Cast: Sandra Bullock, Trevante Rhodes, Sarah Paulson, John Malkovich, Lil Rel Howery
Director: Susanne Bier
If ‘A Quiet Place’ ever had a sequel, then its new plot could have been exactly similar to what Netflix’s latest movie Bird Box has. The only difference is that A Quiet Place’s sequel would have turned out to be much much better at presenting it, meaningfully.
That’s the thing about ‘Bird Box’ that says it all. It’s a half-baked cake, with a taste that fades away very early than thought.
Netflix’s drama/thriller about a monstrous and mysterious entity that decimates people who see it, had a vast potential to be a fantastic horror flick, but it just didn’t land as expectedly. Actress Sandra Bullock stars as Malorie, who’s a mother of two and on a deadly journey to reach to a safer place, protected from the mysterious force that kills anyone who sees it, keeping the eyes open. So she puts a blindfold on her eyes and her children’s too.
The plot is so catchy and interesting that at first the movie pulls you in very easily and makes a kind-of promise that you’re in for a breathtaking and mindboggling struggle for survival by the main protagonist from an unknown, fatal monstrous entity. But just the moment it could gain that strength, it looses it all. Despite having a similarity of the plot with Paramount Pictures’s ‘A Quiet Place’, it was still appearing to be a ‘solid story’, which, it couldn’t achieve to be, at all.
Another reason is the lack of strong supporting characters. Yes, there are some but they don’t serve the purpose here. And some characters just feel so void that they felt out-of-the-story since it would have been the same scenario even if they were not there.
Irrelevant elements distress you from the ongoing struggle and tension, every time, and which ultimately makes this flick an over 2-hour drama, that could’ve easily been a 1 hour and 30 minute gripping plot. And the real ‘thing’ about which this flick tries to tell you the survival story of its character, actually remains unseen, even till the end! Seriously?
Director Susanne Bier should’ve kept it more basic and intact as far as the actual, key components of Bird Box are concerned, which are the mother, and her two children, and how they deal with finishing off their dangerous journey to a hopeful destiny. Adding ‘even a few’ things in-between just didn’t fit into it, rightly. In a survival story like this, where there’s the end of the world and all you’ve got is to make yourself the last living person, the objective must be to just stay close to the plot – no moving here and there. And ‘A Quiet Place’ is a perfect example of following this principle.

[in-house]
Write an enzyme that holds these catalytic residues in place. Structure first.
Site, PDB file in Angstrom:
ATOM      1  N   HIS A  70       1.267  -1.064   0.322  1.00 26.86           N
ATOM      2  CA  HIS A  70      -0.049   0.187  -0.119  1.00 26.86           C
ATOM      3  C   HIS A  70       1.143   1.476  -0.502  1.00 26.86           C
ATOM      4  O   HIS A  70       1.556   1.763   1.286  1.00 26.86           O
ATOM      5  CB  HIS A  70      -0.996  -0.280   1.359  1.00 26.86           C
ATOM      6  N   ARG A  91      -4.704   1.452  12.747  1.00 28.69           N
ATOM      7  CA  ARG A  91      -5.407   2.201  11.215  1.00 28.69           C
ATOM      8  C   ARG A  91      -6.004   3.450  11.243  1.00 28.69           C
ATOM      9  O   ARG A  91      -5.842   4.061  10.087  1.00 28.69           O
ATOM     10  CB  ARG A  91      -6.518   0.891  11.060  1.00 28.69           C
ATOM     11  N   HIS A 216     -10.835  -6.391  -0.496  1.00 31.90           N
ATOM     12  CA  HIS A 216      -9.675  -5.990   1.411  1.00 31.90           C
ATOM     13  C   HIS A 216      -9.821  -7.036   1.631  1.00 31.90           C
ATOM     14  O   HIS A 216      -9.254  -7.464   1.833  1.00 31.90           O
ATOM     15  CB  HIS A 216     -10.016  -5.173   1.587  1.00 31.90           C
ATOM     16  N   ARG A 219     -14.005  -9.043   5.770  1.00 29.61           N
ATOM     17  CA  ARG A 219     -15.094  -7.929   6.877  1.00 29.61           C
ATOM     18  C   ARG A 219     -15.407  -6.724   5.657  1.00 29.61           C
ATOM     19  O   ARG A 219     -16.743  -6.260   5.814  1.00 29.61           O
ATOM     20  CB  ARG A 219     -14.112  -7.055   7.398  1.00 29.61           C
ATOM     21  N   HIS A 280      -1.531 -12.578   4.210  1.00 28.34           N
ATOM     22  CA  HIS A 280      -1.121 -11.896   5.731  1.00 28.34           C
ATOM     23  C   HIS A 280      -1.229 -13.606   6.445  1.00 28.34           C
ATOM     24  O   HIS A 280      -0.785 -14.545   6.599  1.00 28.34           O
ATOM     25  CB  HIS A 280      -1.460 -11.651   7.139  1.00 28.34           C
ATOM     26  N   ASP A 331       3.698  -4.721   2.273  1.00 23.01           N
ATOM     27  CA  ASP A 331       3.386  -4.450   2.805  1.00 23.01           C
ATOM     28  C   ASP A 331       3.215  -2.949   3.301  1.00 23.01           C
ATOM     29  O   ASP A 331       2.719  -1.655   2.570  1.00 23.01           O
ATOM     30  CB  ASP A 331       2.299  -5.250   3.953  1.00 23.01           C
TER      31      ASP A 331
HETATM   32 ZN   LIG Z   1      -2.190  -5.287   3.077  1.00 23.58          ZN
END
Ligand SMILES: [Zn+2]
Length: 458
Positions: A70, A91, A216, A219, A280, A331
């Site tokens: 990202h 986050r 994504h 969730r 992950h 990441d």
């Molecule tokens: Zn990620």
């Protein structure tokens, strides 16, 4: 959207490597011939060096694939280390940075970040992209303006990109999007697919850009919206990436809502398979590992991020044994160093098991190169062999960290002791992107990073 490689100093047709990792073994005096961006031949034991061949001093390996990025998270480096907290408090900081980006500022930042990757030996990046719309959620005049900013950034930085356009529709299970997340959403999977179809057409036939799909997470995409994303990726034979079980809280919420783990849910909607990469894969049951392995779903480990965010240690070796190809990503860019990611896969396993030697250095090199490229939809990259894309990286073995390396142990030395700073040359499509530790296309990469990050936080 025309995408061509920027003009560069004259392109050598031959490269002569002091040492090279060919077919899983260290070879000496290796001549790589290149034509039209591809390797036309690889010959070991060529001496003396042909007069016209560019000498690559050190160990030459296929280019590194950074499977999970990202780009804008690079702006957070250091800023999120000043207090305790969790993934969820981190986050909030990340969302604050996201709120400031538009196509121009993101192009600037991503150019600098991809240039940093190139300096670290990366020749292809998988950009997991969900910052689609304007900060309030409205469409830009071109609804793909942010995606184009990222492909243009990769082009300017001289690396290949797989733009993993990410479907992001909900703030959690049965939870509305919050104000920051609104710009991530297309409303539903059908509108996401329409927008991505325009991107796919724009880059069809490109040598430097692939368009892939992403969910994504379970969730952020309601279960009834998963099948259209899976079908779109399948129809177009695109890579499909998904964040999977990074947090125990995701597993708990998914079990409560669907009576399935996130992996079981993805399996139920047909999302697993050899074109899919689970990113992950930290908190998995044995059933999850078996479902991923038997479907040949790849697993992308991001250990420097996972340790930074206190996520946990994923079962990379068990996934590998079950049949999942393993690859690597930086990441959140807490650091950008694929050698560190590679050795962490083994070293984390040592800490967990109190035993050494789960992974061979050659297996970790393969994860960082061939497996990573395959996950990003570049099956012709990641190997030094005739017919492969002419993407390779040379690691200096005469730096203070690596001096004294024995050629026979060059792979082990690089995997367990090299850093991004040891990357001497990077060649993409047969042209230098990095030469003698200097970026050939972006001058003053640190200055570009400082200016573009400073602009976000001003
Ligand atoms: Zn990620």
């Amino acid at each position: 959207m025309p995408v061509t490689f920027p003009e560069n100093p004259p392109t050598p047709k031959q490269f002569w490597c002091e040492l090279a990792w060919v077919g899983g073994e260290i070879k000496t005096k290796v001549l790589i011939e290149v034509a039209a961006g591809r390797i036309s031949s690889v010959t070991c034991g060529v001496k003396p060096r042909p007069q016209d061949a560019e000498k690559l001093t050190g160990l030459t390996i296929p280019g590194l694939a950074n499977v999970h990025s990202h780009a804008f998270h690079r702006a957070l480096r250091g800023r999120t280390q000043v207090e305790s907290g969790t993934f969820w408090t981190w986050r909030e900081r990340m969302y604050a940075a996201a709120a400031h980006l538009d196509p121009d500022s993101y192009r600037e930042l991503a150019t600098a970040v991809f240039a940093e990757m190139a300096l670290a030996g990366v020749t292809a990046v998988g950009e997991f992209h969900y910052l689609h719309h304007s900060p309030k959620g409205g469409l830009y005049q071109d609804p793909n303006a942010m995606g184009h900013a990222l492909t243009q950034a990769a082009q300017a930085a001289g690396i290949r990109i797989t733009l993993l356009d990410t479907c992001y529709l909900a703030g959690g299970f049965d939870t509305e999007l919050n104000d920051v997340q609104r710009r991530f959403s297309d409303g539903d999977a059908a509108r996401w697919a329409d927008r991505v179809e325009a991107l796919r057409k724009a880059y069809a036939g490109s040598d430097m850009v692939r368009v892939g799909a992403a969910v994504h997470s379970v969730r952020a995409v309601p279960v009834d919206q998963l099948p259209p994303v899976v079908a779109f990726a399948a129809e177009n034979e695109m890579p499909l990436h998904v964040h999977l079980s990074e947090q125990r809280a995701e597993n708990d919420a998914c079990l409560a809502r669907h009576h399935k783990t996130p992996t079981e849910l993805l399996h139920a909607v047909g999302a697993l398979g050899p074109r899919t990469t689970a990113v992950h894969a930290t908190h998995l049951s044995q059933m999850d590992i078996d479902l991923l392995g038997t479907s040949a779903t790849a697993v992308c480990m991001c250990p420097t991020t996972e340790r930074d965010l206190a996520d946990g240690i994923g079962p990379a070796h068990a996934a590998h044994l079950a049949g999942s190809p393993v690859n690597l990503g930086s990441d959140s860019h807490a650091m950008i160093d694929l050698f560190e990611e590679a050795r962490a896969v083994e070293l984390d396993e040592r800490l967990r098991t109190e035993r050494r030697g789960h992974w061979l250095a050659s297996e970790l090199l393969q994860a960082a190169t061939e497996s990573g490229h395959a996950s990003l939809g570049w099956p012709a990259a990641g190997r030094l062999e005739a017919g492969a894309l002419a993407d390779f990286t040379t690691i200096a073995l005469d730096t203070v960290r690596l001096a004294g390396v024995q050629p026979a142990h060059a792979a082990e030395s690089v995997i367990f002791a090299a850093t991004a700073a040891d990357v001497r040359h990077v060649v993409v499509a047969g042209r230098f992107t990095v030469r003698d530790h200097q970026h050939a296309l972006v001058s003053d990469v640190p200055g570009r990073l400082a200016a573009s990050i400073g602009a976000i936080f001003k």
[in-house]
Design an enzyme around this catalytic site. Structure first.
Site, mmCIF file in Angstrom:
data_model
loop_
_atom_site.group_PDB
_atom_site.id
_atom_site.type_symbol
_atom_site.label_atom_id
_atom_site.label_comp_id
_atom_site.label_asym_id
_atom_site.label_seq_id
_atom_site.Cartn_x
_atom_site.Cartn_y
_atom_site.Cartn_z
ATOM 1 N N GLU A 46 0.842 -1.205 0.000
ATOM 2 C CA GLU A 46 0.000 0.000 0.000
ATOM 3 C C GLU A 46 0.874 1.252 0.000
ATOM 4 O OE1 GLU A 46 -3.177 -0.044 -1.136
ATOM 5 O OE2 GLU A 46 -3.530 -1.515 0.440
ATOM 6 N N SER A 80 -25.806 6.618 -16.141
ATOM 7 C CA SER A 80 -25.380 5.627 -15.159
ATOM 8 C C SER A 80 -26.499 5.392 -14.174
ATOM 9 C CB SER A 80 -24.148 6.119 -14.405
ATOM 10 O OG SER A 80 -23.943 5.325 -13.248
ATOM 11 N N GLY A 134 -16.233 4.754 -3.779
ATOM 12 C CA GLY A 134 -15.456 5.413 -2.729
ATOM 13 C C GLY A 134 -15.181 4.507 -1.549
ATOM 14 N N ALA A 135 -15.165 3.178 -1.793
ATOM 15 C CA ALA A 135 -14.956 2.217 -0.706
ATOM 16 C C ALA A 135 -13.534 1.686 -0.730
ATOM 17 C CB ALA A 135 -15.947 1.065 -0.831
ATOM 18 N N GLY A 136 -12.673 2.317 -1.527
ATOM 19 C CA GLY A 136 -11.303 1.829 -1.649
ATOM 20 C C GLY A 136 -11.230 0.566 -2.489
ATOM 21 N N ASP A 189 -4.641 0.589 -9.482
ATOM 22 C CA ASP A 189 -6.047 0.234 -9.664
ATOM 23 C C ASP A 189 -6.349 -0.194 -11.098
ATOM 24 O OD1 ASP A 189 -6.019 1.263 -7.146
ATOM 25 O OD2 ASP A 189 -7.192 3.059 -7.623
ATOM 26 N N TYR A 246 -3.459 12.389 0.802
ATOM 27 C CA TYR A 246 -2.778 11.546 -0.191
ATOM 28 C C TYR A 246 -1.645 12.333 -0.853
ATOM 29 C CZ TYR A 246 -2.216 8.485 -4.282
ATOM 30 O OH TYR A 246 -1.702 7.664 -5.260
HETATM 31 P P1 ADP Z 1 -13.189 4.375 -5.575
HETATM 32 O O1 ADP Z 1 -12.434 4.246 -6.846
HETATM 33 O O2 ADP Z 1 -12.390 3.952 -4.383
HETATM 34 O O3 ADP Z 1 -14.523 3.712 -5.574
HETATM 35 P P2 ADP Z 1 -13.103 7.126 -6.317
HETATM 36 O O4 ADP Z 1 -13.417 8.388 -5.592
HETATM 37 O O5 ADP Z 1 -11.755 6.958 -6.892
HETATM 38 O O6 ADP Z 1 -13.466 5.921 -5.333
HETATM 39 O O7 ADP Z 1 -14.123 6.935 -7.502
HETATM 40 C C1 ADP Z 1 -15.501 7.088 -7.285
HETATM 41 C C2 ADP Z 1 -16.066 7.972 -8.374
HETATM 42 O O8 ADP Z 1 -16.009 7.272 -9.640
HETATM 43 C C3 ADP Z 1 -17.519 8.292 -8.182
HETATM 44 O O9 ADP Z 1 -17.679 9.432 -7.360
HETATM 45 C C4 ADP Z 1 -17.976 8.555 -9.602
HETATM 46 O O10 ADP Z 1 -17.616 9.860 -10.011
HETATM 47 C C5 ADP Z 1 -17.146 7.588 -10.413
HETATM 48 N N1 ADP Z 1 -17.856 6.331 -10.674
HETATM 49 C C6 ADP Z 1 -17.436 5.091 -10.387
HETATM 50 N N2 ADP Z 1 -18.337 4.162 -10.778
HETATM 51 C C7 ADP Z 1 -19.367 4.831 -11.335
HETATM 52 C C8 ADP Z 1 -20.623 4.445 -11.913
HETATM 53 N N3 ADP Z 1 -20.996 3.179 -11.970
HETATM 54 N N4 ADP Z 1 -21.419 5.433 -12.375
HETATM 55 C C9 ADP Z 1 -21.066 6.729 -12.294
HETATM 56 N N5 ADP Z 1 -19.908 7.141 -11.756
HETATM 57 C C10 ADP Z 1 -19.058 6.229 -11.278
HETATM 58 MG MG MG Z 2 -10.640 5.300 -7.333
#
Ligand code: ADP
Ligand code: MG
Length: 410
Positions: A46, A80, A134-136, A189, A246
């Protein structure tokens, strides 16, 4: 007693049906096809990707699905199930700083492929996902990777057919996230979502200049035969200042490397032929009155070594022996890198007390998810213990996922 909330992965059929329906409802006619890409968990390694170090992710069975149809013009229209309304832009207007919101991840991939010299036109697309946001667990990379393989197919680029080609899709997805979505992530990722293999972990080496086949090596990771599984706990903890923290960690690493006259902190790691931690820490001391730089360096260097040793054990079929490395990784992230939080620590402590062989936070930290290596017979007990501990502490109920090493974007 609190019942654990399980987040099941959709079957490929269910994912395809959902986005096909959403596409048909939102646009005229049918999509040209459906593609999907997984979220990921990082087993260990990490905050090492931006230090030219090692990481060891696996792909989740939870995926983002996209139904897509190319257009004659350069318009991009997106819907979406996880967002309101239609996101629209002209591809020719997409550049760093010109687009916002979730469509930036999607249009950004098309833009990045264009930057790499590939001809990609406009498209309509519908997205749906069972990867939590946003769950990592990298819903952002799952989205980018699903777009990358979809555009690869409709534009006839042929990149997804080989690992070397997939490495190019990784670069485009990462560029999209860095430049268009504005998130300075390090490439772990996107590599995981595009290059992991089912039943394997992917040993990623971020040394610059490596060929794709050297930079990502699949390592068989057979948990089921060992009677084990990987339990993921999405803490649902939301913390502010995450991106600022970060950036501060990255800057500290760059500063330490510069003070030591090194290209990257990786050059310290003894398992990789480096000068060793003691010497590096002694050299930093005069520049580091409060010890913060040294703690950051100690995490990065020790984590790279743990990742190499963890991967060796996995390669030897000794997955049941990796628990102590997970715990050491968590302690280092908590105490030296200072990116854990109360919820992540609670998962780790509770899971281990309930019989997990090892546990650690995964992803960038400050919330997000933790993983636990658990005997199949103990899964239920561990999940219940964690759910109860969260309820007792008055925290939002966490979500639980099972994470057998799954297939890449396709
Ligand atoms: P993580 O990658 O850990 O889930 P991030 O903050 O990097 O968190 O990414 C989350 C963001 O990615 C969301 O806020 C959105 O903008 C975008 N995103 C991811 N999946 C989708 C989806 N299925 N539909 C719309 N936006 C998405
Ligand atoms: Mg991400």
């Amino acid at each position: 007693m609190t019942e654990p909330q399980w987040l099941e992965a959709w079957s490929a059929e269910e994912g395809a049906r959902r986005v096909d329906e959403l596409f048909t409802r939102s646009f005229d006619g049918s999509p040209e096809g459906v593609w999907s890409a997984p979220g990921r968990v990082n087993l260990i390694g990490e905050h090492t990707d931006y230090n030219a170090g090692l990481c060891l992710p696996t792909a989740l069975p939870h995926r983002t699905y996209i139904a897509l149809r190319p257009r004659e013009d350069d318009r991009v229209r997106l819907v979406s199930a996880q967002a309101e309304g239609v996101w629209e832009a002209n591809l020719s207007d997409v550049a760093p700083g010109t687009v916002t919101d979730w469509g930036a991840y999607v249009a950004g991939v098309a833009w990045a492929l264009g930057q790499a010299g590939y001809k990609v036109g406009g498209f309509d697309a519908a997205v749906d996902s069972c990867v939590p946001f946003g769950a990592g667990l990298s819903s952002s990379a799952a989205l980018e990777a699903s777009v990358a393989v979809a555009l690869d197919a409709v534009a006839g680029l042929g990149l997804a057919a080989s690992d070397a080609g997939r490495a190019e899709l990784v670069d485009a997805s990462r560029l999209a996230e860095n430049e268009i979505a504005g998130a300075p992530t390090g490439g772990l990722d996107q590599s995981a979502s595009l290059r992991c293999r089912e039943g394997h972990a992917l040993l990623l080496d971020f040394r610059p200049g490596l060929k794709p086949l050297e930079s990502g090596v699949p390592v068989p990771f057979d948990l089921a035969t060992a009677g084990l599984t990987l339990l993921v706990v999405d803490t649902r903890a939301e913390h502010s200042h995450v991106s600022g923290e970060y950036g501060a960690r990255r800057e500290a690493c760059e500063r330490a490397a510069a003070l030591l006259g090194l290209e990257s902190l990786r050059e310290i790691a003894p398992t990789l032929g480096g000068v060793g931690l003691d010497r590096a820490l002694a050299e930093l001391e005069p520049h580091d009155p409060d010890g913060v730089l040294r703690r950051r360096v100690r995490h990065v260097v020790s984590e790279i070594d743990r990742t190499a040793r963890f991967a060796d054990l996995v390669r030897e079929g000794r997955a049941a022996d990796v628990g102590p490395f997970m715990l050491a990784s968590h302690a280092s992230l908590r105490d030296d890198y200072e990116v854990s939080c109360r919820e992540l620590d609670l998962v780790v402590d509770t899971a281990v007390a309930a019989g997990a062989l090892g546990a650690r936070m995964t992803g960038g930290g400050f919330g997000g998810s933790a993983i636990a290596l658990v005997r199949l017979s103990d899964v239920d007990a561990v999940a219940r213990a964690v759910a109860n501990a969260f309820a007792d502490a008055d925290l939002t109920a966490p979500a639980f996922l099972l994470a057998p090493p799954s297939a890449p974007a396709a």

Despite all this, the film is a one-time watch since the photography looks amazing and attractive, making you feel that atmosphere of an apocalyptic situation. Some really engaging sequences make you interested but leave no impact. But the scenes, going through the river are great to watch.
There’s no other actor or actress in this movie who you can remember for leaving an impression since there’s ‘no connect’ you can make with them, whatsoever.
Bird Box had a lot of things going for it yet it didn’t keep it simple and straight and tried to be a bit extra from what it should’ve been. It makes you want to be involved in it, but you realize very soon that it’s not worth it in ‘that way’. The ending is what it shouldn’t be. And that’s what really ruins this flick, seriously. Because you are left wondering about the danger and how the characters just managed to save themselves from it! The director could’ve tried to make it more understandable and deeper.
Many of the questions remain unanswered which leads to utter disinterest. And it just continues.
These days, there are a lot of talented filmmakers who come up with exceptional horror or survival dramas, so when there’s a weak entry like this, viewers leave no chance of comparison and analyzing too. They are intelligent now.